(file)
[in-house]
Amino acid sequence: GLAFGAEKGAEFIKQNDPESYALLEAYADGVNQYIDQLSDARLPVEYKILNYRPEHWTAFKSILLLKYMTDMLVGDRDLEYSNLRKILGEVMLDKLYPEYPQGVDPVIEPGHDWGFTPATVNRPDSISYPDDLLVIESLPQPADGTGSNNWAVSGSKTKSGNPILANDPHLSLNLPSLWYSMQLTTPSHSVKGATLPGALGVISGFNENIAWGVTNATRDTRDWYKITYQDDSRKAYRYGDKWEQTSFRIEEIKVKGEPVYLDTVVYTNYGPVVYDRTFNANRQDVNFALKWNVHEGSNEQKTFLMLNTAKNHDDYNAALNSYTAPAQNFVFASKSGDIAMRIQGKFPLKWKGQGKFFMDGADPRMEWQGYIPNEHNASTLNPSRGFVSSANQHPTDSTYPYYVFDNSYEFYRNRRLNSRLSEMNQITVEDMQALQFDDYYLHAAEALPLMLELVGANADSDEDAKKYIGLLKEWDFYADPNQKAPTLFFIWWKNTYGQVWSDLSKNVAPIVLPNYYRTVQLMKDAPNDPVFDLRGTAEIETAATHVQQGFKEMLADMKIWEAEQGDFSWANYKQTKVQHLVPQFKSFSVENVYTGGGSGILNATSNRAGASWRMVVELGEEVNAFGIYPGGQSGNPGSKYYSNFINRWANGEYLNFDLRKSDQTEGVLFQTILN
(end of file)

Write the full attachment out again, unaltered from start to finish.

[in-house]
Amino acid sequence: GLAFGAEKGAEFIKQNDPESYALLEAYADGVNQYIDQLSDARLPVEYKILNYRPEHWTAFKSILLLKYMTDMLVGDRDLEYSNLRKILGEVMLDKLYPEYPQGVDPVIEPGHDWGFTPATVNRPDSISYPDDLLVIESLPQPADGTGSNNWAVSGSKTKSGNPILANDPHLSLNLPSLWYSMQLTTPSHSVKGATLPGALGVISGFNENIAWGVTNATRDTRDWYKITYQDDSRKAYRYGDKWEQTSFRIEEIKVKGEPVYLDTVVYTNYGPVVYDRTFNANRQDVNFALKWNVHEGSNEQKTFLMLNTAKNHDDYNAALNSYTAPAQNFVFASKSGDIAMRIQGKFPLKWKGQGKFFMDGADPRMEWQGYIPNEHNASTLNPSRGFVSSANQHPTDSTYPYYVFDNSYEFYRNRRLNSRLSEMNQITVEDMQALQFDDYYLHAAEALPLMLELVGANADSDEDAKKYIGLLKEWDFYADPNQKAPTLFFIWWKNTYGQVWSDLSKNVAPIVLPNYYRTVQLMKDAPNDPVFDLRGTAEIETAATHVQQGFKEMLADMKIWEAEQGDFSWANYKQTKVQHLVPQFKSFSVENVYTGGGSGILNATSNRAGASWRMVVELGEEVNAFGIYPGGQSGNPGSKYYSNFINRWANGEYLNFDLRKSDQTEGVLFQTILN